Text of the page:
By Crispin Kaheru
I would like to express our gratitude to Africa Freedom for Information Centre (AFIC) for hosting this event, marking the International Day for Universal Access to Information.
The significance of access to information, along with the challenges associated with navigating the digital space, cannot be overstated in today’s ever-changing world.
At the international level, the right to access information is firmly established by Article 19 of the Universal Declaration of Human Rights (UDHR) and Article 19 of the International Covenant on Civil and Political Rights (ICCPR).
In this era of digital transformation, the internet has emerged as an indispensable tool, serving as a gateway to knowledge, a communication platform, and a catalyst for socio-economic progress. It is crucial to recognise the pivotal role that the online space plays in advancing socio-economic transformation.
According to DataReportal, Uganda currently has 11.77 million internet users, representing 24.6% of the total population. These statistics should be viewed in the context of the government’s commitment to fully digitise Uganda.
The Ministry of Information Communication Technology (ICT), along with agencies like the Uganda Communications Commission (UCC) and the Government Citizen Interaction Centre (GCIC), underscores the growing awareness that citizens must exercise their right to information as enshrined in Article 41 of the Constitution of the Republic of Uganda.
However, while the commitment to ensuring universal access to online spaces exists, several challenges persist, particularly in our unique environment.
The COVID-19 pandemic underscored these challenges, with children in rural areas unable to continue their education, while some urban children transitioned to online classes.
The cost of internet access also posed a significant barrier for many. Therefore, as we advocate for universal access to information, we must address the underlying challenges, such as poverty, inequalities affecting vulnerable groups like persons with disabilities and girls, as well as access to electricity, among other development challenges.
A robust online infrastructure is not a luxury; it is a necessity for our collective well-being.
While online access opens doors to economic and social opportunities, it also places greater responsibilities on us as stakeholders.
Anyone with internet access can now receive information on any topic at any time through various social media platforms, including Twitter, Facebook, WhatsApp, Instagram, Snapchat, and the web. Artificial intelligence (AI) has elevated access to information to new heights.
The online sphere offers diverse perspectives through virtual interactions with individuals from various fields.
It has created opportunities for entrepreneurship, job creation, and financial inclusion. E-commerce, freelance work, and online education have become viable livelihood options, especially for the youth, contributing not only to individual well-being but also to the overall economic development of our communities.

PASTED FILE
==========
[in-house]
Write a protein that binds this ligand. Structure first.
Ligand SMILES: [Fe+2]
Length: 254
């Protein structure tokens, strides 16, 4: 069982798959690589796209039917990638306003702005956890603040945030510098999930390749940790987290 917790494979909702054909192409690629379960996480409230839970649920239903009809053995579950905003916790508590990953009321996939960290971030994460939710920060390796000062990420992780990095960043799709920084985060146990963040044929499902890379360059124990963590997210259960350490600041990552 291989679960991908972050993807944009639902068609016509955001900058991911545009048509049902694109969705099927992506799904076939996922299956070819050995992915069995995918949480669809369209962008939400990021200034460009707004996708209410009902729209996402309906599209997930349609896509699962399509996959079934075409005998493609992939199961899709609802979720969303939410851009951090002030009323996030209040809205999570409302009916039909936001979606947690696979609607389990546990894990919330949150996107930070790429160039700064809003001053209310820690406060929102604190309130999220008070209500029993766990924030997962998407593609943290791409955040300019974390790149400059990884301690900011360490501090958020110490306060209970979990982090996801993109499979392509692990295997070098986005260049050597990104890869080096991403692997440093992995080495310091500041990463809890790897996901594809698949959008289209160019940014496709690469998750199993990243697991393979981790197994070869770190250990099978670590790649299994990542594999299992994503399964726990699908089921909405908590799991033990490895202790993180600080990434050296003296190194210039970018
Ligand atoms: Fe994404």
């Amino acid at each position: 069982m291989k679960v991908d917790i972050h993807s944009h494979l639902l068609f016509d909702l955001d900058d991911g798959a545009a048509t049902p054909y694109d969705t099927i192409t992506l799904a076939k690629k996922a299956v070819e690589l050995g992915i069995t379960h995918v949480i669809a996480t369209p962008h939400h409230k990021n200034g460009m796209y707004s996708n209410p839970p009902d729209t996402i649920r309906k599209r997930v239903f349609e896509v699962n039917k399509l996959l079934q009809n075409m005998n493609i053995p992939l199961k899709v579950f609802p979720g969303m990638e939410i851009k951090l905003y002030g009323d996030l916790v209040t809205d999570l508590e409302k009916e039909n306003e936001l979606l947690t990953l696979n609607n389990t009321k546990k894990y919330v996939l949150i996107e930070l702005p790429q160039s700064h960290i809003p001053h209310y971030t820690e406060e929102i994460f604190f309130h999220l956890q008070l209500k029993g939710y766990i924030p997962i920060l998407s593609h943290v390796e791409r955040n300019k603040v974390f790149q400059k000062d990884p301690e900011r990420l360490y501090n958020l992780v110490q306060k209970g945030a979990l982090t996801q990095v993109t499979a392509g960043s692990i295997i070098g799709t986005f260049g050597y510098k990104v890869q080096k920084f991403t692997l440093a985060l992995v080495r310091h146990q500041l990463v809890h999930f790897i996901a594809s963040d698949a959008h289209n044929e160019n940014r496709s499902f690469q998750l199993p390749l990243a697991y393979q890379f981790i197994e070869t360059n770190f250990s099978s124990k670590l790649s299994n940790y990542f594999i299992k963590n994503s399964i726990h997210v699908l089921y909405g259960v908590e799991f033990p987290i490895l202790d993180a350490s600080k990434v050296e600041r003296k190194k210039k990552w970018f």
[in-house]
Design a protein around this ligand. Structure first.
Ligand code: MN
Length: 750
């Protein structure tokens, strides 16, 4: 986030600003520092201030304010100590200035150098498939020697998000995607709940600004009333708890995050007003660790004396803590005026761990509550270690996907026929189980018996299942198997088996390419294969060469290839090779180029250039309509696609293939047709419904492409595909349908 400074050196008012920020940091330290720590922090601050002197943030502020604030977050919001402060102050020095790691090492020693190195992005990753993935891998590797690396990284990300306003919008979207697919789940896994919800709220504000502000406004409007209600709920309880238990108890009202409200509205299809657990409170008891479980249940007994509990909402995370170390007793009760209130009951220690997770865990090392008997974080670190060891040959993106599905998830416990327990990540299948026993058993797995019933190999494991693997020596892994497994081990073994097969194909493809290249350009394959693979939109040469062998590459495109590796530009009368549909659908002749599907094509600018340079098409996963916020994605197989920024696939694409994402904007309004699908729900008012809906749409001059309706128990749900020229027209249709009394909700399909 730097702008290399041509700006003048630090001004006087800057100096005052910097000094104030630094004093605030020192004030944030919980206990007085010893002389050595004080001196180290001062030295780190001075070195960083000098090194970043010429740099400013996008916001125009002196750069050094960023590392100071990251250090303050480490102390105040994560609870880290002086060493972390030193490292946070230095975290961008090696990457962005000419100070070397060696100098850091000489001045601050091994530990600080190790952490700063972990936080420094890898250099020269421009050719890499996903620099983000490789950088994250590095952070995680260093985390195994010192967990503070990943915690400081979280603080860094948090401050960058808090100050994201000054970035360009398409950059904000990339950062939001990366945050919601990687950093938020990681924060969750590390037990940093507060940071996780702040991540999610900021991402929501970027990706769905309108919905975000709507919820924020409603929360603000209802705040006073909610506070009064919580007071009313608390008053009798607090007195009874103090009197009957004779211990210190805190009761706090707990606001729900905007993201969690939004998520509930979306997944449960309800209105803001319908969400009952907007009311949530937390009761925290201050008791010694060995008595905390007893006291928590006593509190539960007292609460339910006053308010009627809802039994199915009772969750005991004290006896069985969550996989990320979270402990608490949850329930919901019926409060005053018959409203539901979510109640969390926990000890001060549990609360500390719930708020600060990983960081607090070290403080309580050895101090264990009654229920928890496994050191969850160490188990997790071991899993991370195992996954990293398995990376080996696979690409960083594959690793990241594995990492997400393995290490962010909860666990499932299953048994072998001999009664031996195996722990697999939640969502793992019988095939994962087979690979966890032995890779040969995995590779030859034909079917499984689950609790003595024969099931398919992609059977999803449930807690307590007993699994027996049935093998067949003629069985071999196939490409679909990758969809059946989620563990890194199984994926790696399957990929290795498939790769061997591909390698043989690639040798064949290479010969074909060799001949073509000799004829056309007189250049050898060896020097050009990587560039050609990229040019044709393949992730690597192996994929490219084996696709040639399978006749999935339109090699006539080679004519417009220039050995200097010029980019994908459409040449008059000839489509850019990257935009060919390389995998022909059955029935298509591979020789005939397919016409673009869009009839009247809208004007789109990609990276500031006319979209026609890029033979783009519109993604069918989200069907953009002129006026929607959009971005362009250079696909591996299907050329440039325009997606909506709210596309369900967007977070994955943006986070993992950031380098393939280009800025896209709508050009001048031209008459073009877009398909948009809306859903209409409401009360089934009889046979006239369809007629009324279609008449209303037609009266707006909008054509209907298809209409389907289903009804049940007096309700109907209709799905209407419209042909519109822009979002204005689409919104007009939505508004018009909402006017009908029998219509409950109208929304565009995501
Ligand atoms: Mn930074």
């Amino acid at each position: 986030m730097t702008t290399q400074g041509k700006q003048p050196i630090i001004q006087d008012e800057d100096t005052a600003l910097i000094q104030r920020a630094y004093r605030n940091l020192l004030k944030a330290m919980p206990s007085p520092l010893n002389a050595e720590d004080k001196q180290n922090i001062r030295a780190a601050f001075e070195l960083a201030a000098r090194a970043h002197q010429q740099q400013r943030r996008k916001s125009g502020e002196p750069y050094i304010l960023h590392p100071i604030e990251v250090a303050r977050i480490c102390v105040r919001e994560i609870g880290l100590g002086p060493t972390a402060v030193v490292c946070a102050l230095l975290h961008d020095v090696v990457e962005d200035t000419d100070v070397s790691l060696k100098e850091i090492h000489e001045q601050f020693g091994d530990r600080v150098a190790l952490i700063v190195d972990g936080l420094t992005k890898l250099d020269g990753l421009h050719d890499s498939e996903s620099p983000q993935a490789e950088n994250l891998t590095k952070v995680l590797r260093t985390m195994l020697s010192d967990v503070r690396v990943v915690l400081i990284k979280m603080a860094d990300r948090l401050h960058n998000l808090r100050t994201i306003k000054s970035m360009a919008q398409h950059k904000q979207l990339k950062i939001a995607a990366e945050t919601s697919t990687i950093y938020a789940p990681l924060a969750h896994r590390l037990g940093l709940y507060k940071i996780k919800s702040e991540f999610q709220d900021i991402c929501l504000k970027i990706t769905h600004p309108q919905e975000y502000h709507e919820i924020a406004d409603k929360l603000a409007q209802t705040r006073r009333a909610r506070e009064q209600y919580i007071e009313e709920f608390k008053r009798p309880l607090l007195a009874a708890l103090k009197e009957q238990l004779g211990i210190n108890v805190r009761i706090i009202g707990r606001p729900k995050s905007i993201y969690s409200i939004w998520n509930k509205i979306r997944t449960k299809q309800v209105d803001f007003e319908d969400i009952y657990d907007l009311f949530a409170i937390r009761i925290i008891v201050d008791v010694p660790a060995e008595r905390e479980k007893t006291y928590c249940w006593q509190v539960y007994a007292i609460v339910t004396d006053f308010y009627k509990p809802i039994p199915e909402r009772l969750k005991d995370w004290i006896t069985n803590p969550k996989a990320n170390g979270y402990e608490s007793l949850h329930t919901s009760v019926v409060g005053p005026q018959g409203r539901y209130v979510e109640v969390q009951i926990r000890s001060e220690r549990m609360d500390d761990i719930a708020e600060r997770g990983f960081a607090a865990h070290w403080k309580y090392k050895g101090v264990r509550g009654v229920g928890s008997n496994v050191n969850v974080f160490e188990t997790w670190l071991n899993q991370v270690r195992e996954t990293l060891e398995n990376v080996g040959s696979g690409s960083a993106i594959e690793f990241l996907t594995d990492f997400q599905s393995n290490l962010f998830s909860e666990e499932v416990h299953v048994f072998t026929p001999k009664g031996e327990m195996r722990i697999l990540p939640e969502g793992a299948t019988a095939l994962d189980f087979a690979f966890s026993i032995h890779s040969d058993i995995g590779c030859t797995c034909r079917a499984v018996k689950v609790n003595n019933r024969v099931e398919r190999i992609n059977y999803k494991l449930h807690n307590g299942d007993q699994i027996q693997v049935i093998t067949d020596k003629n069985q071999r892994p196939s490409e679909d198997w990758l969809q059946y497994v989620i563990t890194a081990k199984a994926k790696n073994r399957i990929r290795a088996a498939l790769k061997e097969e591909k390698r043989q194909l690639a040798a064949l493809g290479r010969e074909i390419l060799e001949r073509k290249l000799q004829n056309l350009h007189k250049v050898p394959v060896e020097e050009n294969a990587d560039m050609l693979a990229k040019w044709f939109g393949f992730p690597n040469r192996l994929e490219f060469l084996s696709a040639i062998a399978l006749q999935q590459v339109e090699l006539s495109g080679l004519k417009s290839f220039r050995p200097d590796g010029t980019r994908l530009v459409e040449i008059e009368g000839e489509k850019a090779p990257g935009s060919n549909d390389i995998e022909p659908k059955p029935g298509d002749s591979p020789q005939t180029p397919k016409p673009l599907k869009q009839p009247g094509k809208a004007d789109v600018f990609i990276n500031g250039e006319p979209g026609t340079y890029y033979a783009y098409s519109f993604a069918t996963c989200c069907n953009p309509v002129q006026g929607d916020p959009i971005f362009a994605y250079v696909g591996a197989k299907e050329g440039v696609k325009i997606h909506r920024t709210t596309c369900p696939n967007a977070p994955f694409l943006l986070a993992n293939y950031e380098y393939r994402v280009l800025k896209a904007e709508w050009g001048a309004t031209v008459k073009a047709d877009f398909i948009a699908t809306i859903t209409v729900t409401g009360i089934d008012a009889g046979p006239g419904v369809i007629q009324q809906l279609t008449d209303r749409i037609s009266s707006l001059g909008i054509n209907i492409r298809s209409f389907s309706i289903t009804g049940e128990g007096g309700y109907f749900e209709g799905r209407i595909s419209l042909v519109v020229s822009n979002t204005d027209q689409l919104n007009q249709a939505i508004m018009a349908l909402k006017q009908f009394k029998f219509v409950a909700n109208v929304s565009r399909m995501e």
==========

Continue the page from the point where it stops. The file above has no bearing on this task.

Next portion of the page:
Online spaces continue to play a pivotal role in promoting civic engagement and holding leaders accountable.
Social media and online platforms empower citizens to voice their opinions, advocate for change, and demand transparency from the government.
However, we must also address the challenges of the digital era, including misinformation, digital security, and access disparities:
Children are particularly vulnerable to inappropriate online content.
Hate speech thrives in the anonymity of the internet.
Cyberbullying can lead to mental health challenges.
Fake news, misinformation, and disinformation have the power to poison minds, divide communities, and incite real-world violence.
In light of these complexities, education and media literacy are fundamental in our battle against online intricacies.
These elements should be integrated into our educational systems, both at home and at school.
By doing so, we equip young people with the tools to critically evaluate online content, discern reliable sources from unreliable ones, and understand the consequences of hate speech.
This approach nurtures a generation of responsible digital citizens and helps mitigate the spread of hatred and cybercrime.
We must engage our communities in open and honest dialogues continually. Building bridges and fostering understanding among diverse groups is vital.
Government, civil society organisations, cultural and religious leaders should facilitate discussions to address grievances and misunderstandings.
When people feel heard and respected, they are less likely to resort to hate speech or engage in cybercrime out of frustration or fear.
As the saying goes, “Information is power.” Without information, there is darkness. A society in the dark cannot decide its path because it cannot see.
The internet has democratized access to information, making it more accessible than ever before.
It is our collective responsibility to bridge the current digital divide. Every Ugandan should have equitable access to the internet.
Together, we can build a digital landscape characterized by tolerance, respect, and unity.
Although the journey may not be easy, it is one we must undertake to ensure that the online world we pass to future generations reflects truth, empathy, and the cherished African values we hold dear.
For God and My Country.
Kaheru is a Commissioner, Uganda Human Rights Commission